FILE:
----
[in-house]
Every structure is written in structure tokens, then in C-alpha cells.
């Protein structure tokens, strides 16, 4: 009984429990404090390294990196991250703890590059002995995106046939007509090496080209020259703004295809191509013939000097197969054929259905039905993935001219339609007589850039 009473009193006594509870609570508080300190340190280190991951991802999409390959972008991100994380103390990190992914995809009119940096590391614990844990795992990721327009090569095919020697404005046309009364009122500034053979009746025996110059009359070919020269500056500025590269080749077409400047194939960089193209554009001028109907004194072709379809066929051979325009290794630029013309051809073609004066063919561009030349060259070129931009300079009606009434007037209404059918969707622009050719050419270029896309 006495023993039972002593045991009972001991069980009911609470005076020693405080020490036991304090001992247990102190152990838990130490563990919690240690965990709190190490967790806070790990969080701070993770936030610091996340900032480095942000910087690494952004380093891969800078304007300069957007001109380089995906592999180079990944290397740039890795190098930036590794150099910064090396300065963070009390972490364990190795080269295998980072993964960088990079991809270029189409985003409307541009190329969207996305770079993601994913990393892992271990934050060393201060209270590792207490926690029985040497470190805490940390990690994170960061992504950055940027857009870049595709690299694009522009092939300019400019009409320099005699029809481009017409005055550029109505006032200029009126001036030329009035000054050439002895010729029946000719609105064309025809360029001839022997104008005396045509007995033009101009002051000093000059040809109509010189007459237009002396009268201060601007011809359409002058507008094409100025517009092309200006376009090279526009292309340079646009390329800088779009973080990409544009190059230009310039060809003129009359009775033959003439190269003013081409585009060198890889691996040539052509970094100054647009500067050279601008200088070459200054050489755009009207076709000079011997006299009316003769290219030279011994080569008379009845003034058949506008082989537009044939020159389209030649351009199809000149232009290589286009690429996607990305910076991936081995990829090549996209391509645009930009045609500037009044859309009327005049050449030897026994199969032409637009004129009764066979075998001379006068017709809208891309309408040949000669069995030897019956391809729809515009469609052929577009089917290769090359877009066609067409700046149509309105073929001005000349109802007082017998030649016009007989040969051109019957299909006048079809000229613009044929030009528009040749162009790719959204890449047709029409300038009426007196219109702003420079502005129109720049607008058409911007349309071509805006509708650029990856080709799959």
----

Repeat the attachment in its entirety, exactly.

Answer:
[in-house]
Every structure is written in structure tokens, then in C-alpha cells.
């Protein structure tokens, strides 16, 4: 009984429990404090390294990196991250703890590059002995995106046939007509090496080209020259703004295809191509013939000097197969054929259905039905993935001219339609007589850039 009473009193006594509870609570508080300190340190280190991951991802999409390959972008991100994380103390990190992914995809009119940096590391614990844990795992990721327009090569095919020697404005046309009364009122500034053979009746025996110059009359070919020269500056500025590269080749077409400047194939960089193209554009001028109907004194072709379809066929051979325009290794630029013309051809073609004066063919561009030349060259070129931009300079009606009434007037209404059918969707622009050719050419270029896309 006495023993039972002593045991009972001991069980009911609470005076020693405080020490036991304090001992247990102190152990838990130490563990919690240690965990709190190490967790806070790990969080701070993770936030610091996340900032480095942000910087690494952004380093891969800078304007300069957007001109380089995906592999180079990944290397740039890795190098930036590794150099910064090396300065963070009390972490364990190795080269295998980072993964960088990079991809270029189409985003409307541009190329969207996305770079993601994913990393892992271990934050060393201060209270590792207490926690029985040497470190805490940390990690994170960061992504950055940027857009870049595709690299694009522009092939300019400019009409320099005699029809481009017409005055550029109505006032200029009126001036030329009035000054050439002895010729029946000719609105064309025809360029001839022997104008005396045509007995033009101009002051000093000059040809109509010189007459237009002396009268201060601007011809359409002058507008094409100025517009092309200006376009090279526009292309340079646009390329800088779009973080990409544009190059230009310039060809003129009359009775033959003439190269003013081409585009060198890889691996040539052509970094100054647009500067050279601008200088070459200054050489755009009207076709000079011997006299009316003769290219030279011994080569008379009845003034058949506008082989537009044939020159389209030649351009199809000149232009290589286009690429996607990305910076991936081995990829090549996209391509645009930009045609500037009044859309009327005049050449030897026994199969032409637009004129009764066979075998001379006068017709809208891309309408040949000669069995030897019956391809729809515009469609052929577009089917290769090359877009066609067409700046149509309105073929001005000349109802007082017998030649016009007989040969051109019957299909006048079809000229613009044929030009528009040749162009790719959204890449047709029409300038009426007196219109702003420079502005129109720049607008058409911007349309071509805006509708650029990856080709799959």